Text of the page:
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Tuesday, March 1, 2005

Australian Light


Light is everything. Recognizing the gift and knowing how to react makes extraordinary pictures of ordinary subjects.

Ordinary Made Extraordinary

The windmill, hot-air balloon, grape leaves and kangaroos are all grouped on the previous spread as examples of how exceptional light can transform commonplace subjects. That simple concept explains a lot of what I do as a professional photographer. The best case in point is the windmill in the Barossa Valley of South Australia, when the wind conspired with the setting sun to set up the perfect reflection. With another wind direction or at another time of day, the picture wouldn't exist.

Both the kangaroos and grape leaves benefit from the highlights of backlight at sunset. I prefer working at the end of the day because as the sun sets, the light is improving as you work. Thankfully, this is when kangaroos become active and, of course, why many drivers choose to outfit their vehicles with "roo-bars" Hitting one of these large marsupials is something like hitting a moose.

For some reason, hot-air balloon flights and picnics have become synonymous with wine country, in Australia and in California. I've done a lot of work out of balloons, so I know how surprising they can be when they sneak up on people on the ground. I was driving through the Hunter Valley ground fog when suddenly a UFO the size of a three-story building appeared over the highway. An 85C filter was already on my lens to add warmth to the early sunlight bouncing around in the airborne moisture, drowning out all other color.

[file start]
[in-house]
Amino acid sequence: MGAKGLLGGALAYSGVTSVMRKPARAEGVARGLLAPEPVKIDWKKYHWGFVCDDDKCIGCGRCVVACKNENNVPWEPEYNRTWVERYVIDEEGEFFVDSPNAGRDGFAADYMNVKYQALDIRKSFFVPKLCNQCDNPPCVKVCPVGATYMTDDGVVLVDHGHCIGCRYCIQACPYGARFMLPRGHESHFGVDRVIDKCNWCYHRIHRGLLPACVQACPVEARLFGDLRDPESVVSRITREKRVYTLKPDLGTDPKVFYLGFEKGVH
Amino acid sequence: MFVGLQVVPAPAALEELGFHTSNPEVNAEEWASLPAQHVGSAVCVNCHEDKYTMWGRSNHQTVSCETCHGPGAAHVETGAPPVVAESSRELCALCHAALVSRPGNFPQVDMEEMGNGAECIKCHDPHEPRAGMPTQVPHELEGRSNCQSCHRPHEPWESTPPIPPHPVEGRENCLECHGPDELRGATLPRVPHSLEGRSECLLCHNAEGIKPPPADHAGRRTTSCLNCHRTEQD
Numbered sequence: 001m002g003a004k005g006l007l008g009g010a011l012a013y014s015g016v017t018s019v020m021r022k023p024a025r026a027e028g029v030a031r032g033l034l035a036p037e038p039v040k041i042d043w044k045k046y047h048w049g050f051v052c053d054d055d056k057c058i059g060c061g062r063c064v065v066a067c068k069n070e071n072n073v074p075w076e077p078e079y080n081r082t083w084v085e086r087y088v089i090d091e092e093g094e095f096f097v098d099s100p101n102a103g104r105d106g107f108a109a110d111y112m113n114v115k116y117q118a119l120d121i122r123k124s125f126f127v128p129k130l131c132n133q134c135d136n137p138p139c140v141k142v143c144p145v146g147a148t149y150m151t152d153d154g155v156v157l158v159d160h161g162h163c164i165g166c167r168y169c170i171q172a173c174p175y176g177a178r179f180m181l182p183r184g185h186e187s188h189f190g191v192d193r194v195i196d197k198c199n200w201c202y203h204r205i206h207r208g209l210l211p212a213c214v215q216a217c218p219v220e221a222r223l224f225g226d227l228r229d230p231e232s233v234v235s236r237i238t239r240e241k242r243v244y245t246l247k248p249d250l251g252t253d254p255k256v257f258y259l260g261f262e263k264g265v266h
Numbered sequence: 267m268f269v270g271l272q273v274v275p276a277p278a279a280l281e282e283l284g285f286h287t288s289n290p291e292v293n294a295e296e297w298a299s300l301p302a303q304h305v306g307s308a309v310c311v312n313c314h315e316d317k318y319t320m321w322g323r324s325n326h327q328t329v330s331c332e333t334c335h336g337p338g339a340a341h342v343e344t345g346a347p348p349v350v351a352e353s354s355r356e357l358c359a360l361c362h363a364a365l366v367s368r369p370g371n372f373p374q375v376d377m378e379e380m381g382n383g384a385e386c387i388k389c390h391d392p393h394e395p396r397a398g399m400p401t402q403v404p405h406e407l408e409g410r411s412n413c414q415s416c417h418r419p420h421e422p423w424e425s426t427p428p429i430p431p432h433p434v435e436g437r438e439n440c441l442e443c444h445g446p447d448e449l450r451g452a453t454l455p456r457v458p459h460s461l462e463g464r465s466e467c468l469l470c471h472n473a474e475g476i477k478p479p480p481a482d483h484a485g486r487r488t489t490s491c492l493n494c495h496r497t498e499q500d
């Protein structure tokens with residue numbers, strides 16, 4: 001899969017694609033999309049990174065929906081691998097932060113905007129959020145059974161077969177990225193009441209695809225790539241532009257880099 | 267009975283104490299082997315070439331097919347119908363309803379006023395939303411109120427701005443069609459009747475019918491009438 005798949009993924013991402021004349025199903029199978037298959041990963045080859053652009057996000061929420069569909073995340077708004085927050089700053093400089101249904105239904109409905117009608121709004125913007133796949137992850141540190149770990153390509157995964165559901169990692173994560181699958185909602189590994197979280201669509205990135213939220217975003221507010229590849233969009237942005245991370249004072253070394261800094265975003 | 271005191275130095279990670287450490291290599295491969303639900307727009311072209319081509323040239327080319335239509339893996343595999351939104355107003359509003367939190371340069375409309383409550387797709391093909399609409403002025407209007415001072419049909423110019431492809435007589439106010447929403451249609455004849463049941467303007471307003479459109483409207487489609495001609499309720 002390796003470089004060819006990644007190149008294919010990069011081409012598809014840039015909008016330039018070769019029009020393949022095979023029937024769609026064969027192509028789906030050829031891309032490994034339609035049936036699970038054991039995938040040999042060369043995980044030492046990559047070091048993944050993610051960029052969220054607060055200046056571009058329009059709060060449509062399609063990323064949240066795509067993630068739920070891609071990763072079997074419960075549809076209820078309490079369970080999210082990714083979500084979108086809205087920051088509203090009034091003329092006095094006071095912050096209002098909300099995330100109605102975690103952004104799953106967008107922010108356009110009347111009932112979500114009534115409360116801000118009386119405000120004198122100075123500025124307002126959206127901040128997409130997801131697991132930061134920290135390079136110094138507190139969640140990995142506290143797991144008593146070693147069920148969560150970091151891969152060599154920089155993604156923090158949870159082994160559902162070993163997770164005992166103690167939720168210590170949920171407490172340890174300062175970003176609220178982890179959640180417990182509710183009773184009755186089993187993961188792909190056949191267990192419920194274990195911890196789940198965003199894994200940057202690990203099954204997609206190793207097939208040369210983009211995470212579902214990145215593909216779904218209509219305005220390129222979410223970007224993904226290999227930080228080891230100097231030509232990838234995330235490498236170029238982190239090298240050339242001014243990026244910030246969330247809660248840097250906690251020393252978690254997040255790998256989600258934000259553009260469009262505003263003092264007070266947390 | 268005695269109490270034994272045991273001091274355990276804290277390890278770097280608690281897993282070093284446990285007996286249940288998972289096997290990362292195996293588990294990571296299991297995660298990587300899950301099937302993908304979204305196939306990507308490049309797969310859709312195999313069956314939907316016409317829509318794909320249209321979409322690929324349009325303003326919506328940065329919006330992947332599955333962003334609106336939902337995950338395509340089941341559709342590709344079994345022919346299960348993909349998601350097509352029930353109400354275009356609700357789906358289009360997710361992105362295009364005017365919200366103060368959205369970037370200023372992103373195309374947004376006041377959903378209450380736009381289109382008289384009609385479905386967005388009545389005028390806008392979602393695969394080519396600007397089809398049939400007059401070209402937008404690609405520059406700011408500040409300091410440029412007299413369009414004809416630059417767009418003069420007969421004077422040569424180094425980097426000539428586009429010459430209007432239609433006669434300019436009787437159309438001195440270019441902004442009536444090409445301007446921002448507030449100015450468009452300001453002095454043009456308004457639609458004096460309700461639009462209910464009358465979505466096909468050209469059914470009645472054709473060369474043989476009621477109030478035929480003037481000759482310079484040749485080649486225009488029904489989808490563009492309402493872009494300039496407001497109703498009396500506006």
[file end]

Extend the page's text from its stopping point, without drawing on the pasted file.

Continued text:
Into The Sun

At sunset in the Barossa Valley, I looked for opportunities to shoot directly into the golden light. In order to achieve clear blacks in your photograph, you have to shoot with the sun just beyond the top of the picture frame or just outside the lens, while at the same time, shading the front lens element from extraneous flare. Generally, the manufacturer's built-in or add-on lens shade isn't enough. You can hold out your hand to block the sun with shorter, smaller lenses, but that can be awkward for a 300mm lens as used here. Aside from having an assistant stand 20 feet away with a hat or card, I've developed a variety of techniques for working solo. One is to position your car so that you sit on one side and shoot through the far window, using the roof to shade the lens. In this case, I found a nearby tree and used its branches to shade the lens. One of the fundamental rules of photography is to avoid shooting into the sun, but that's a rule fun to break.

Mixing Light

Often, I'll be standing with others, watching the sun slip into the sea. There's a collective sigh and group departure. Only a few others and myself will stay to the last light. If you wait for another 15 to 20 minutes, you see the light that's in this picture. Cunningham Pier at Geelong south of Melbourne is a historic and frequently photographed subject. The challenge here is working with multiple light sources and picking the time of day. The unusual color cast of the photography is the result of my using a CC30M magenta filter to neutralize the fluorescent lights on the pier. Normally, these lights would cast a green glow when using daylight film. A CC30M magenta renders these lights as a more pure white, but as fallout, the filter adds an element of magenta to the whole scene. This overall cast works well with a dusk scene, so the trade-off is worthwhile. As for timing, there are probably only a few minutes where the color in the sky, the ambient light on the surroundings and the lights of the illuminated structure make for a pleasing picture. Earlier, the man-made lights are overwhelmed by the ambient light. Later, when the sky has turned black and lost its color, the ambient light level is too low in comparison to the intensity of the man-made lights.

 


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